There may come a time in a collaborative matter when a spouse becomes disillusioned with the process and decides that he wants to try litigation.
This can happen when the process goes on longer than usual, and the clients feel like they’re not making any progress. There is no denying that each full team meeting is expensive, with the clients typically paying the fees of at least four professionals. So if more meetings are required than what was originally estimated, the fees can escalate quickly. And “the grass is always greener,” right? But do you just let the clients call an impasse?
Not if you feel that continuing collaboratively is in their best interests.
Of course, infrequently, there might be a time when the team feels that impasse is best. Litigation may become necessary in cases involving mental illness or addiction, especially if those issues have been exacerbated by the stress of divorce. Or it may be necessitated because the clients still can’t “hear” each other, even in collaboration. But even for such divorces, the collaborative process is usually a better option than litigation. So what to do if a client cries “Impasse!”?
Talk Your Client Off the Litigation Cliff
If the issue is the escalating expense of collaboration, explain to your client how litigation expenses are usually far greater. In litigation, parties are at war, and attorneys file motions and set hearings on the smallest issues. Each side must hire expensive experts who battle it out in court, rather than having an agreed-upon expert working in the best interests of both spouses. Litigation often takes much longer than collaboration, as the parties must schedule hearings around the judge’s busy calendar, and matters are often delayed. So, while collaboration can be expensive, litigation expenses are typically far greater.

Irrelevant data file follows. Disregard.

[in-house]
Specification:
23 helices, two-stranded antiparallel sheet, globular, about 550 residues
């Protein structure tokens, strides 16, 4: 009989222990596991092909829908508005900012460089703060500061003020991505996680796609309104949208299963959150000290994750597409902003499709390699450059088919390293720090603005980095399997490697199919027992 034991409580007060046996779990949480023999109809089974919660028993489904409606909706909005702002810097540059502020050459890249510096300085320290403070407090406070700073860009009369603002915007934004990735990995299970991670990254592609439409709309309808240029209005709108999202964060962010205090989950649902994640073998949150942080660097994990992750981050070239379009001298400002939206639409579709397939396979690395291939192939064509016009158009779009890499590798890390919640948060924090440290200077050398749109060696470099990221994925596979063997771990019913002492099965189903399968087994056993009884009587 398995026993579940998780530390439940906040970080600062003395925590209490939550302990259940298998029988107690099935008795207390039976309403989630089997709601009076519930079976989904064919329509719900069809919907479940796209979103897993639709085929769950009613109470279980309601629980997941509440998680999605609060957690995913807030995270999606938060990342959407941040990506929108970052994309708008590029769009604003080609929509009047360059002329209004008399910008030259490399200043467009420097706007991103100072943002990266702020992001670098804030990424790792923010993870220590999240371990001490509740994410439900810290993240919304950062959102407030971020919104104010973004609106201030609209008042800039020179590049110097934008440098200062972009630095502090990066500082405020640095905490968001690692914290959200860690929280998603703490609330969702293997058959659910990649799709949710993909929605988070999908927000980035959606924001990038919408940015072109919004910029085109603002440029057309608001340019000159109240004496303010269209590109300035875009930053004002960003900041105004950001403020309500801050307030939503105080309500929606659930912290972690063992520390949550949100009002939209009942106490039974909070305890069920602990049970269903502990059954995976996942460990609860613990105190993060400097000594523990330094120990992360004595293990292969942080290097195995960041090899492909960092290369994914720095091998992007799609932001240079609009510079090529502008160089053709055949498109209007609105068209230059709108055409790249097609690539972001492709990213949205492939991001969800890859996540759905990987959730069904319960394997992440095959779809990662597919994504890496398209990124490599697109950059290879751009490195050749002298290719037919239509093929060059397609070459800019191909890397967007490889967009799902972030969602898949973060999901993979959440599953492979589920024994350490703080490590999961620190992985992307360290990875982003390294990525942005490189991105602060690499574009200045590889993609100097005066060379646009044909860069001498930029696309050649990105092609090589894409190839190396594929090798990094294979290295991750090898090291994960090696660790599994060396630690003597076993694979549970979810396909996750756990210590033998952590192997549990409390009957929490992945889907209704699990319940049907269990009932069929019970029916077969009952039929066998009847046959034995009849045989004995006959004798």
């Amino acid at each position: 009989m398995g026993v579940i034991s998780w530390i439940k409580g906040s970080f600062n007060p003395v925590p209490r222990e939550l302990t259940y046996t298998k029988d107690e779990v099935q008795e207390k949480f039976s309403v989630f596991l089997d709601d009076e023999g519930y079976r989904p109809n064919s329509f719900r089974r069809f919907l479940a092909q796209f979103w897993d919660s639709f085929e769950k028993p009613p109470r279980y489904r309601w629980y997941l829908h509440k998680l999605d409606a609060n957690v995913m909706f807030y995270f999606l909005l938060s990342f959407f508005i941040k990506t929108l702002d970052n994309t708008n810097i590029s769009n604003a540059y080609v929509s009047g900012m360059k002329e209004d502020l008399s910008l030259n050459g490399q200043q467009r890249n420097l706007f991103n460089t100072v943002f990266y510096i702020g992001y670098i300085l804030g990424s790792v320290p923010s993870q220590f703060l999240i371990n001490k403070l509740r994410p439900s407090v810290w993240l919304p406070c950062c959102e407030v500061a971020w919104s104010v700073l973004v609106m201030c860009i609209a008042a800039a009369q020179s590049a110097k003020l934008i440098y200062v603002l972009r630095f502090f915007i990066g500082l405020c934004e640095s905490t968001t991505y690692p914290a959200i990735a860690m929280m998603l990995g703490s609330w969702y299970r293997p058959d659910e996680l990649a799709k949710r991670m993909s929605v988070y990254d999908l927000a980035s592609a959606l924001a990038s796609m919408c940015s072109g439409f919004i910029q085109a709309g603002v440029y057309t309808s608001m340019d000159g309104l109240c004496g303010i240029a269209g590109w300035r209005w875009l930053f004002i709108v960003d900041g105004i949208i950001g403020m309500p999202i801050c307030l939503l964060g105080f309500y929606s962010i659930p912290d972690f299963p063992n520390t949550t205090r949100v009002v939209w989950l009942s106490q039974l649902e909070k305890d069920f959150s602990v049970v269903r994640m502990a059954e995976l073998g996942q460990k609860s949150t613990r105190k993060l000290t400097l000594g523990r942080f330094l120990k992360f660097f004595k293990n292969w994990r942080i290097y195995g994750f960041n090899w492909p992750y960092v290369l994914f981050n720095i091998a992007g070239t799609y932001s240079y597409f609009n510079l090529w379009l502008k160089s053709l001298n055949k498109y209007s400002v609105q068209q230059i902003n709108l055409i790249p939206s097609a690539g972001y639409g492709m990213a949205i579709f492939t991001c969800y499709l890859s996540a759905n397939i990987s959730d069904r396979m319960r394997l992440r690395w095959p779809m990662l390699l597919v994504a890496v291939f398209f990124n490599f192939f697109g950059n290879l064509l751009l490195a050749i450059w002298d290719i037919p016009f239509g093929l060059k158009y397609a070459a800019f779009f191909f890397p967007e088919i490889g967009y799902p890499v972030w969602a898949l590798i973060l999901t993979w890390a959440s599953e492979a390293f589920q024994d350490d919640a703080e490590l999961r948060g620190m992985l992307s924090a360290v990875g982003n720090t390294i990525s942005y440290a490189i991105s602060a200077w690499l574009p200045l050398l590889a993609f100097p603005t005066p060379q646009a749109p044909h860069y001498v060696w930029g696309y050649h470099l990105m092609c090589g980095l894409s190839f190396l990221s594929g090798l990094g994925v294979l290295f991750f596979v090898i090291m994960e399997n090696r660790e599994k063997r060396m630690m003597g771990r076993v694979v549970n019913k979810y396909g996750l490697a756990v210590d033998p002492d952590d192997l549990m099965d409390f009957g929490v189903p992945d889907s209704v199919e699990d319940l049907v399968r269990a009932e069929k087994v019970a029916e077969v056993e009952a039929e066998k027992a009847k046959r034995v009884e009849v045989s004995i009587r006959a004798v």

Litigation is extremely adversarial. Suggest that the client spend a day in family court, watching other cases. That alone will convince most that the courtroom is not for them.
If children are involved, remind the clients that collaboration is best because it doesn’t put the children in the center of the controversy. Instead, the team works to help the spouses understand and reach agreements that are in their children’s best interests. And, when necessary, child specialists can be included on a team to act as advocates for the children.
If a client wants to impasse a collaboration, remind him of why he chose the process in the beginning. It truly is a kinder, gentler way.